Tunisia: drug use grows in midst of uncertainty
Samir Ben Fatoum was 15 years old when he started using drugs. Studying in France, he was living a dream held by many Tunisians. But soon, he said, things fell apart.
“The neighbourhood where I lived in France was full of drug dealers and users. I was living in my aunt’s house, I was young with no parental supervision and I was curious to try it,” he told Al Jazeera. He spent 20 years as an addict, first to heroin and then to a subtler and more readily available drug.
Back in his native Tunisia in 2000, Ben Fatoum started using Subutex, an opiate-replacement drug that is marketed as a substitute for methadone to help heroin users get clean. Subutex, the brand name of buprenorphine, was first seen in France in 1996. Cheaper than heroin and harder to detect in drug tests and physical searches, it had previously swept through parts of southern Asia and Eastern Europe.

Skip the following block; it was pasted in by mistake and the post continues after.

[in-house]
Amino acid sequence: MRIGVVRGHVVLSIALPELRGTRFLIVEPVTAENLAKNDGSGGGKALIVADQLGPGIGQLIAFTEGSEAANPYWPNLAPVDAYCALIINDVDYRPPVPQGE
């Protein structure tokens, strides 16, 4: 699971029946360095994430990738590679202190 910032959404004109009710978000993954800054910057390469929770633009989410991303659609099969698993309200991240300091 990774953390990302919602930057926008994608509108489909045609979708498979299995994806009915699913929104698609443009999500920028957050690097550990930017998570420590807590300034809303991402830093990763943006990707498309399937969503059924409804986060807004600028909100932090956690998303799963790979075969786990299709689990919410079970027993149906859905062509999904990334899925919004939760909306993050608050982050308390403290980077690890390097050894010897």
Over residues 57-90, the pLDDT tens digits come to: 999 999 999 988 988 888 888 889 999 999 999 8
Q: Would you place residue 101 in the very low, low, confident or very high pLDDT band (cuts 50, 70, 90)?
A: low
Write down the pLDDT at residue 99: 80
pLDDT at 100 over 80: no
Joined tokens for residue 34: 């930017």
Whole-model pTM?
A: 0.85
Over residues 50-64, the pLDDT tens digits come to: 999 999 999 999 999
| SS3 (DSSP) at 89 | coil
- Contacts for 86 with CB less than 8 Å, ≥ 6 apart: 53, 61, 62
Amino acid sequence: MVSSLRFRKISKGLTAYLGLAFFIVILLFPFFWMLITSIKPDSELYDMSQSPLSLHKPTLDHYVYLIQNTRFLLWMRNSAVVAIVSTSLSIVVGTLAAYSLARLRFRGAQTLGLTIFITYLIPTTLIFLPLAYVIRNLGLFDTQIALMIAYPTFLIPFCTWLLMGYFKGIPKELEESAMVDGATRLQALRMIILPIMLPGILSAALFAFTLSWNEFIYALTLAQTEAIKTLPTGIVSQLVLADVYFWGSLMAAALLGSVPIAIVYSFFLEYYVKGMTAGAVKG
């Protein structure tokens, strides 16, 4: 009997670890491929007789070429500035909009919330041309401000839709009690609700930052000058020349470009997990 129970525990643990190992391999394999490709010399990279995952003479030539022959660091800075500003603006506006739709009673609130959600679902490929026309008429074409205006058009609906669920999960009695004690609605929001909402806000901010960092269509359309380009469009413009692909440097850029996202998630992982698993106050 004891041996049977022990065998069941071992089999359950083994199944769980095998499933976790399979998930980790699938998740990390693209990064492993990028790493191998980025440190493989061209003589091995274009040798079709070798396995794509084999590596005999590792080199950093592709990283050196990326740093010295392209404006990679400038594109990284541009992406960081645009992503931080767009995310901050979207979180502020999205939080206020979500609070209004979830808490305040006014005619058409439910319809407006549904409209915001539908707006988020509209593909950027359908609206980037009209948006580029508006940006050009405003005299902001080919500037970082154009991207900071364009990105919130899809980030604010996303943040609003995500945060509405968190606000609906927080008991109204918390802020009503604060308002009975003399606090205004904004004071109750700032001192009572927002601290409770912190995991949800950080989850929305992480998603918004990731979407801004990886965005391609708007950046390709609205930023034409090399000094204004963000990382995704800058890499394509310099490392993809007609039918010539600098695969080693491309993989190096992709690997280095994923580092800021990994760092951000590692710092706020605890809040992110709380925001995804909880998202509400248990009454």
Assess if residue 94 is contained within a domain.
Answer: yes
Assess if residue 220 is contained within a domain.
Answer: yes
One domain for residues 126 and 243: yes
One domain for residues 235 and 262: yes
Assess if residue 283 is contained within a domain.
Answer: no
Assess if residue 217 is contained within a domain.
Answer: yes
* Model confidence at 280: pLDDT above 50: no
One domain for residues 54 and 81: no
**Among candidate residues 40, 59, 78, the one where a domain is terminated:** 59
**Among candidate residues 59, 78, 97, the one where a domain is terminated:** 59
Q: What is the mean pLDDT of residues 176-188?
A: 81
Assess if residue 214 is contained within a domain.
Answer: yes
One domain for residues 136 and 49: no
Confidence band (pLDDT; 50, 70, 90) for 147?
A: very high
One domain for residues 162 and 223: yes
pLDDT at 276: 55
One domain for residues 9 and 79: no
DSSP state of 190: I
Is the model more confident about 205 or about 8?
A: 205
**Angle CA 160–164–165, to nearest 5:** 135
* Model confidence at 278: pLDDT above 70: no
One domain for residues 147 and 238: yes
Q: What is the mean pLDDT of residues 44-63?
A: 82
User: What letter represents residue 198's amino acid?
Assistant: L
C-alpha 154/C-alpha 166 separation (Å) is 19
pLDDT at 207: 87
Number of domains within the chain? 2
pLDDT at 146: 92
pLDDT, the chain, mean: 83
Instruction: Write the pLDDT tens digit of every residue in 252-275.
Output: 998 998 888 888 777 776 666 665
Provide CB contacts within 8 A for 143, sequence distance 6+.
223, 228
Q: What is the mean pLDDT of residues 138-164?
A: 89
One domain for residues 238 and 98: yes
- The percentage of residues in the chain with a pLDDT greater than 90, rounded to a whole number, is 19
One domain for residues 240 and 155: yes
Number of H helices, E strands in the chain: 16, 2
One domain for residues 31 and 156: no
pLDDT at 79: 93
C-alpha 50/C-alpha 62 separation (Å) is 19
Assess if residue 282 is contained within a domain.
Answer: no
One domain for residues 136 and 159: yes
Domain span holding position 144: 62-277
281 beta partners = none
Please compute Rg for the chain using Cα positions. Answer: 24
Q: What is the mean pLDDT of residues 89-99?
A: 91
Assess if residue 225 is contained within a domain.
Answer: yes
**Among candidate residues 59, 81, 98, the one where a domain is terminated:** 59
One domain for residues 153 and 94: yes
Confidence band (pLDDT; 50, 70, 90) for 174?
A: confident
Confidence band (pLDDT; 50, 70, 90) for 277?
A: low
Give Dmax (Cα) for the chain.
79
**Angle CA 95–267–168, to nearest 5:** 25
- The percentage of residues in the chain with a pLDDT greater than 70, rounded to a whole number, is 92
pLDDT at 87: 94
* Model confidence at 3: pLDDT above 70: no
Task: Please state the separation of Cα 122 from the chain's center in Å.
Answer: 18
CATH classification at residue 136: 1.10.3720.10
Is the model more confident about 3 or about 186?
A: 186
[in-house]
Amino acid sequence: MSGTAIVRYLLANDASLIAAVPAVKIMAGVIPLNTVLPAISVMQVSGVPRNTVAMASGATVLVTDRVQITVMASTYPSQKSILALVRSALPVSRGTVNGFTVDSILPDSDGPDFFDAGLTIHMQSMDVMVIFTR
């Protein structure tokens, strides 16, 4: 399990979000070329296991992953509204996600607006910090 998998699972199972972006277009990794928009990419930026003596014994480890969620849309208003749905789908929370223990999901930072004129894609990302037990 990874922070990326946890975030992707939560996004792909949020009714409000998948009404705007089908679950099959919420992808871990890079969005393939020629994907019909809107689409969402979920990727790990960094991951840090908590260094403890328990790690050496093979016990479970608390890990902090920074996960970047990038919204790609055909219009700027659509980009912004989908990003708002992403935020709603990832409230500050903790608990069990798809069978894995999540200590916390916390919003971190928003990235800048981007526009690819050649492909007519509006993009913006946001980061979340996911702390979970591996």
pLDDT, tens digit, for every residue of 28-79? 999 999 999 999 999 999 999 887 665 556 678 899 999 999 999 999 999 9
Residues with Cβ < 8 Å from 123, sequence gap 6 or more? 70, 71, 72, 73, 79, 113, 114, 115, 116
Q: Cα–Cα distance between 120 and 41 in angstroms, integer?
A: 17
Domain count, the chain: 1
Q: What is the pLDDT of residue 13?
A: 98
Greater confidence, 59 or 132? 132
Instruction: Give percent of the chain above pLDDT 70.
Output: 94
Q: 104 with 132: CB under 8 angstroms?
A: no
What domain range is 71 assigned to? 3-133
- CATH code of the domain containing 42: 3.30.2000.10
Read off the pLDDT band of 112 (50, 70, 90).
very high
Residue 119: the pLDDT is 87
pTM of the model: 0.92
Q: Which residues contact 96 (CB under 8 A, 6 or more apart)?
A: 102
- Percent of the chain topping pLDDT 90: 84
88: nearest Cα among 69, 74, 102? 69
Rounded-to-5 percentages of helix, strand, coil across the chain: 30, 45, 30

While Subutex has been around for years in Tunisia, treatment workers say its use has increased since the 2011 revolution forced out autocrat Zine El Abidine Ben Ali. An uptick in cross-border smuggling with neighbouring Algeria and Libya, combined with a depressed economy, are driving the addiction. Now, thousands are left further impoverished, ostracised from their families and dying from syringe-spread disease.
There are 12,000 Subutex users in Tunisia, according to a 2012 survey.
“Addiction rates have increased since the revolution,” Dr Adel Ben Mahmoud, from the Ministry of Health, said. “There is a war between the Ministry of Interior and smugglers.” The government is planning to launch new efforts to fight addiction, Ben Mahmoud said, including the establishment of a national drug authority, a collaboration between the ministries of health, interior and justice and with help from NGOs.
Drug use remains heavily stigmatised in Tunisia, and Douiri said Subutex users fear isolation from their families. In a failing economy, with an unemployment rate at over 15 percent, users do whatever they can to support the habit. “I spent all my money on drugs and some family money too,” Ben Fatoum, the former addict, said.
There are many consequences of change and turmoil. Pray for those who feel life is hopeless and are turning to drugs. Pray for the Church to see how it can reach out to those who feel such desperate hopelessness. Pray for Christian satellite television to address issues that bring an encounter with Jesus in the midst of turmoil.